var numConnections:Number = 0;
        var listConnections:Array;
        
        static var Vertical:Number = 1;
        static var Horizontal:Number = 2;
        static var Tolerance:Number = 10;
        
        // these will be used to define the place
        // of connections: in the beginning or in the
        // end of the line?
        static var Beginning:Boolean = true;
        static var End:Boolean = false;
        
        // ....
        // functions
}
[/as]

Note: I used the static vars to emulate the #define's and enum's from C/C++. The static var was the best method that I found to set the values that I need that be the same in all the files that use them, without having to write a table of values in a paper and put it on my table, near the computer.


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The methods of Line Class are:

function Line(nx1:Number, ny1:Number, nx2:Number, ny2:Number)

The constructor. Used to set the values of an Line object.

function addConnection( point:Boolean, mov:Number, Line:Number, point_destiny_line:Boolean)

Adds a connect to the listConnections array. These connections will be used the maze engine to move the points inside the maze (the connects define what movements are possible and what are not; where the maze walls are).

function InTheBeginning(x, y)

Verifies if the given point (x, y) is the beginning of the line. It is important to note that the comparison is not exact: the static var Tolerance is used for that the player not be obrigated to put its character exactly in the line beginning.

function InTheEnd(x, y)

Similar to InTheBeginning().

Connection Class

As is has been said, represents the movements possibles from the beginning or the end of one line. Its structure is the following:

[as]class Connection {
        var bPoint:Boolean; // this connection is in the end or in the beginning of the line?
        // (for these field we use the values defined in the Line class)
        
        var nMovement:Number; // what movement is represented by the connections.
        // the values used are defined by the Direction class.
        var nLine:Number; // for what line this connections goes
        var bPointDestinyLine; // in the beginning or in the end of the destiny line?
}
[/as]

Connection methods:

function Connection(connection_point:Boolean, mov:Number, destiny_line:Number, line_point:Boolean)

Builds a Connection object with the given values.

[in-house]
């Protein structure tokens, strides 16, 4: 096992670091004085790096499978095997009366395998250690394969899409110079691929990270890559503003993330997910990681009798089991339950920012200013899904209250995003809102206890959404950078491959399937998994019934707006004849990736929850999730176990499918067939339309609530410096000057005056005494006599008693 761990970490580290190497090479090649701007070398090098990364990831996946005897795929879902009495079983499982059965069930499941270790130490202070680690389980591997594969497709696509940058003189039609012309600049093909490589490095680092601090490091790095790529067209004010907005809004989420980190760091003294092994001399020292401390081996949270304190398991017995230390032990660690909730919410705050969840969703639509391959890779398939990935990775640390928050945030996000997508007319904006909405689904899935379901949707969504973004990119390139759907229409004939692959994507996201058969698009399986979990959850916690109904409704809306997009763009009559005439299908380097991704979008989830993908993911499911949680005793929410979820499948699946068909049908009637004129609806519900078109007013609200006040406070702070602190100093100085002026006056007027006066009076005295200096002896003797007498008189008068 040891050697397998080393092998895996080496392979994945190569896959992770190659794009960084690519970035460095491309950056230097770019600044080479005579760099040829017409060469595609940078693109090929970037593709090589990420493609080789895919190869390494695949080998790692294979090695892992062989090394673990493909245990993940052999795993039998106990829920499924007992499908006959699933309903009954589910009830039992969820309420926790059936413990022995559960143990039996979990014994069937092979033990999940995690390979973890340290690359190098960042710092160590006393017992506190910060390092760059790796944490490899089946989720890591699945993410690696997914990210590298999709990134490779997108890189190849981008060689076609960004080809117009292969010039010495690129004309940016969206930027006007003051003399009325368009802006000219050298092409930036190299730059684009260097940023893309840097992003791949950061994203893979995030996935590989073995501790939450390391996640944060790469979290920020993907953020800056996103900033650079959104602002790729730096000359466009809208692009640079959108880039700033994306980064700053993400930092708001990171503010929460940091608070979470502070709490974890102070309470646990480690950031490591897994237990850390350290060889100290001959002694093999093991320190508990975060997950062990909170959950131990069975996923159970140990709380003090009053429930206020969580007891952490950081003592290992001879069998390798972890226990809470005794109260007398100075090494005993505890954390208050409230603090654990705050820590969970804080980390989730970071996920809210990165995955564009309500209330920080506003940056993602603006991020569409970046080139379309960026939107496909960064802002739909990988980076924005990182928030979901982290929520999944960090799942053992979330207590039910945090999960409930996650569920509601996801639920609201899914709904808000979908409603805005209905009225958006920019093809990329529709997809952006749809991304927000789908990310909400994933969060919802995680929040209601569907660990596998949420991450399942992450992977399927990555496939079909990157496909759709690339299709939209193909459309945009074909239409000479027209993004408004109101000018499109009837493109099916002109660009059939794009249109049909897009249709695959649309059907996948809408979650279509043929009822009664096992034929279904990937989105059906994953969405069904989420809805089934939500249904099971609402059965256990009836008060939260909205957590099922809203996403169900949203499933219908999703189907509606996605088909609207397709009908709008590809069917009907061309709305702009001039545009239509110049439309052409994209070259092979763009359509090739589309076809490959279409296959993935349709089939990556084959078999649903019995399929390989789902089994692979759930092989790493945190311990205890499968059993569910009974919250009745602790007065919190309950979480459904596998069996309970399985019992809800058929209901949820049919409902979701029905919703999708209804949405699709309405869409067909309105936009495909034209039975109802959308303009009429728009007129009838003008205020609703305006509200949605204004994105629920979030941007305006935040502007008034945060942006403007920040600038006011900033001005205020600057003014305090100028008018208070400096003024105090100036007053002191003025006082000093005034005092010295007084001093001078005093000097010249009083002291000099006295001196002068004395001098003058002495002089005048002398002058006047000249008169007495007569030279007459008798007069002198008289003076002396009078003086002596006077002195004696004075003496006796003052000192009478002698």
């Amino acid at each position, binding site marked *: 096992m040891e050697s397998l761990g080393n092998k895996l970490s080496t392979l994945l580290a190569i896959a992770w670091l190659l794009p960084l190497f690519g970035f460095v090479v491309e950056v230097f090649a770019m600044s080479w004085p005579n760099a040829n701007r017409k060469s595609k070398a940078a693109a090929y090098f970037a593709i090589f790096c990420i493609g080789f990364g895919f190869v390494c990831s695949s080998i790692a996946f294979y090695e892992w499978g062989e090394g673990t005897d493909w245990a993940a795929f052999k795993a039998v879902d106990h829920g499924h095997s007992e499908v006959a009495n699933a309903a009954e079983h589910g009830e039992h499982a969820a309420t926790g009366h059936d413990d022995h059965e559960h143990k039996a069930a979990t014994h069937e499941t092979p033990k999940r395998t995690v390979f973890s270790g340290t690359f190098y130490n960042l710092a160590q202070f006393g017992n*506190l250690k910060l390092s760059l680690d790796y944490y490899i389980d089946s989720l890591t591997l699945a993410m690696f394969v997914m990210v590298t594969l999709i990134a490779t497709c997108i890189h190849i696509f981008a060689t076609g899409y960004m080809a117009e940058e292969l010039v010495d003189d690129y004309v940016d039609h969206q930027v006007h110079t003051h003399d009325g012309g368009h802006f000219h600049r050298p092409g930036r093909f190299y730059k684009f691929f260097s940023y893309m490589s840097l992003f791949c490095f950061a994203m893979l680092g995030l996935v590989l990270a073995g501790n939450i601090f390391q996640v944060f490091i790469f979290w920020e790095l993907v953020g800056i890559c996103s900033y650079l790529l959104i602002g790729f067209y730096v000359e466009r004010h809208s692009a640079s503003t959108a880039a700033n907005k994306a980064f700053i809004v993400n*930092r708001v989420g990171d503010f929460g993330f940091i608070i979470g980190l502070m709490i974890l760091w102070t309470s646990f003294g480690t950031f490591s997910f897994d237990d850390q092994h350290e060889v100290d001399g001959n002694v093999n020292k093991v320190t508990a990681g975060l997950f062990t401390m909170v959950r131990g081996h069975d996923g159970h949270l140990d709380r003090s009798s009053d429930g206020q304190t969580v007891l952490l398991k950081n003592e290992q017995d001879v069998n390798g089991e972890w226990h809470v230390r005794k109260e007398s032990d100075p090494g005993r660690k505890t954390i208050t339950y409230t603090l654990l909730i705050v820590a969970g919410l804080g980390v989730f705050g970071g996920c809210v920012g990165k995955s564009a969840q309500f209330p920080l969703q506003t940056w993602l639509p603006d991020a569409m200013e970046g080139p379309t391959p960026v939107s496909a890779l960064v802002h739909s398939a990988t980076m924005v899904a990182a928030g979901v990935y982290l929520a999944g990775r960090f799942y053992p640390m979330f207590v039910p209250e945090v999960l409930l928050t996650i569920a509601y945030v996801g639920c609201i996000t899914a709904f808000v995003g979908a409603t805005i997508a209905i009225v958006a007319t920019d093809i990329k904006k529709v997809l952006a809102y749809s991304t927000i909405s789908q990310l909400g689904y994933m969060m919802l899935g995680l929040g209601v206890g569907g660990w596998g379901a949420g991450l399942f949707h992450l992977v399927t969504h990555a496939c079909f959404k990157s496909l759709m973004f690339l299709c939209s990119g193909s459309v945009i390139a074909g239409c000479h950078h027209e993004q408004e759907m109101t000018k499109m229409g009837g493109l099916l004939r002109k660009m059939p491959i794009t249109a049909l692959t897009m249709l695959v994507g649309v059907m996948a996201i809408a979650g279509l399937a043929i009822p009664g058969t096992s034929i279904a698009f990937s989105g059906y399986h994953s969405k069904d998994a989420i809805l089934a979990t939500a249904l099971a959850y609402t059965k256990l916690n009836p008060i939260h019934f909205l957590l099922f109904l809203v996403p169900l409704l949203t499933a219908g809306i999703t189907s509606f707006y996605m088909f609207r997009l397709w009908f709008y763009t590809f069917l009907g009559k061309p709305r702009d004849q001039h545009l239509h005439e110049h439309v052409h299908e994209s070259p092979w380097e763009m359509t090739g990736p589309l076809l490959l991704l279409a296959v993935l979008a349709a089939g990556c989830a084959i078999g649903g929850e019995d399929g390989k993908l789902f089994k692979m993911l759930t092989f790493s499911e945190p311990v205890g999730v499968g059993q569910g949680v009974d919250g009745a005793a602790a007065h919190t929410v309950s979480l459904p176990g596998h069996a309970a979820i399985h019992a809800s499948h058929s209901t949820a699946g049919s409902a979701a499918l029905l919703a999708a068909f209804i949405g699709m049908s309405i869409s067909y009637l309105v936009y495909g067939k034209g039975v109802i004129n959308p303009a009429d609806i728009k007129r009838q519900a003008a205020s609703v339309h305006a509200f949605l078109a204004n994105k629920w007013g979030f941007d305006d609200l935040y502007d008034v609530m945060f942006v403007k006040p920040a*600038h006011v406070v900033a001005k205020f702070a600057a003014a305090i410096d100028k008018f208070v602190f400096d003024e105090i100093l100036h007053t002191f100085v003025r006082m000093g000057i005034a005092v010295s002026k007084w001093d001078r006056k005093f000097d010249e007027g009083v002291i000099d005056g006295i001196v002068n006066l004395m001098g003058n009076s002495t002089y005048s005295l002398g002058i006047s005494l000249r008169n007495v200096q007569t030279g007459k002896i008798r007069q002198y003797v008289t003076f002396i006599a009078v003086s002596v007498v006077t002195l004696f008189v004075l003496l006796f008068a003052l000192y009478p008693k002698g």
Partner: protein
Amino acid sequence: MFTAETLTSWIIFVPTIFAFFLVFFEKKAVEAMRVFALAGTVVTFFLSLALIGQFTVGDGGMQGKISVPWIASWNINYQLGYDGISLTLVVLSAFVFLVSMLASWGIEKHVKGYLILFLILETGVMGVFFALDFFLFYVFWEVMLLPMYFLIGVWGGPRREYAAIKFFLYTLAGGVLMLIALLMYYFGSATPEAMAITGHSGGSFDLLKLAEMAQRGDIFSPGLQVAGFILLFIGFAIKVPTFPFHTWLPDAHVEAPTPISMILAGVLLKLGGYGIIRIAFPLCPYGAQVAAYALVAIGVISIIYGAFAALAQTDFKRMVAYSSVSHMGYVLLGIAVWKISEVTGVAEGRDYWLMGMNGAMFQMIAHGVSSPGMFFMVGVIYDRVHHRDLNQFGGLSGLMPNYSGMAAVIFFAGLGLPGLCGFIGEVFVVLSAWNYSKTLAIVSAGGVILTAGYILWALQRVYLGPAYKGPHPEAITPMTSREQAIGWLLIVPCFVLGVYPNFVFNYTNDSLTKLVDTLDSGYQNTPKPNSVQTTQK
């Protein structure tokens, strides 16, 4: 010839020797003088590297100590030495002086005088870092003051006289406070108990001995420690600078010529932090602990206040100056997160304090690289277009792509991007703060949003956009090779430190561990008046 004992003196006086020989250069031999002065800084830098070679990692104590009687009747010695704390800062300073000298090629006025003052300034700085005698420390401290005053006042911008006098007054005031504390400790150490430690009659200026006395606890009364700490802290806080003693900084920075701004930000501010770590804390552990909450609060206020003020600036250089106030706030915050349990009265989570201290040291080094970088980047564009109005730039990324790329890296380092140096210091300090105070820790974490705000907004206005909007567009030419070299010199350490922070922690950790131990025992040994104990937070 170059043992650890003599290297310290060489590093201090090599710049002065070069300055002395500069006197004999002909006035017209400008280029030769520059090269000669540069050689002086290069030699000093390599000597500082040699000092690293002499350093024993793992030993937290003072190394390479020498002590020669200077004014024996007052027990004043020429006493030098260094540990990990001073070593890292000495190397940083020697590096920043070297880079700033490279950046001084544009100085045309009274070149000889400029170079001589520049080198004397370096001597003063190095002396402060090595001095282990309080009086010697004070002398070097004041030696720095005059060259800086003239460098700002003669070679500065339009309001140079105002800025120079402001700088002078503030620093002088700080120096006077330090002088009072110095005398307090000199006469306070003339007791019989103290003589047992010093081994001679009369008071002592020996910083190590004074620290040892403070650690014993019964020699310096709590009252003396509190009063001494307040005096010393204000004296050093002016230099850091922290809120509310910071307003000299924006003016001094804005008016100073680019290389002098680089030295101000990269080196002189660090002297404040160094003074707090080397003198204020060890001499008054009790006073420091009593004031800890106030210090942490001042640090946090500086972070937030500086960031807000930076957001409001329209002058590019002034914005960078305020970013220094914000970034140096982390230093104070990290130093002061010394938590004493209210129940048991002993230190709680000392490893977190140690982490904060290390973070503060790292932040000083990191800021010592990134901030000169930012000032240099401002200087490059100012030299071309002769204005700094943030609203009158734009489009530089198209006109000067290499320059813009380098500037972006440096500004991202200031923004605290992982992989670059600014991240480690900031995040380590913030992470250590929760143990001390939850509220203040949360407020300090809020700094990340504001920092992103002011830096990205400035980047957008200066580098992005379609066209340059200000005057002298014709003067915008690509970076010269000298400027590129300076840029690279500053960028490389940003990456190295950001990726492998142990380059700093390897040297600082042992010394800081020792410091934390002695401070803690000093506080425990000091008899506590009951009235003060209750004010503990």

Direction Class

This class was created only for set the values for the directions (up, down, right, left) used ty the engine. Its structure is:

[as]class Direction {
        static var Up:Number = 1;
        static var Down:Number = 2;
        static var Left:Number = 3;
        static var Right:Number = 4;
}
[/as]

Position Class

This class "is" the maze engine, i.e., it contains the biggest part of the code of the engine. It is used to represent the point that moves inside the maze. A Flash game can use several Position objects. Think about the PacMan game: the Pacman and about five monsters move inside the same maze. So, a PacMan that used this engine would have six Position objects, sharing the same maze.

Here is the structure of the Position Class:

[as]class Position {
        var mcMovie:MovieClip; // the movieclip with the object
        // in the screen
        var x:Number = 0;
        var y:Number = 0;
        var nLine:Number = -1;
        var nDirection:Number = 1;
        var bBeginning:Boolean = true;
        var bAutomatic:Boolean = false; // if the connections are
        // done in response to the user actions or if they must
        // be done automatically (in the case of PacMan game,
        // this field would be true for the monsters and false to
        // the PacMan, moved by the user)
        static var maze:Array; // the maze (this is an array of
        // Line objects);
        private static var Step:Number = 5; // how many pixels are
        // there in a step?
        private static var bMazeDone:Boolean = false;
        // when the first Position object used by a Flash game
        // is created, the maze is created too.
        // But this has to be done just once
}
[/as]

How the Engine Works

The engine works processing the movements of the Position object inside the maze. This movements can be generated by the user (through some scripts that process the keyboard input) or by the game, in the case of objects that are not moved by the user. These movement have to be confronted to the maze (the group of Line objects, in the maze Array) by the engine, that decides if these movements can or can't be done. So, the game communicates with the maze engine through four functions that make the Position object move inside the maze: Up(), Down(), Right(), Left().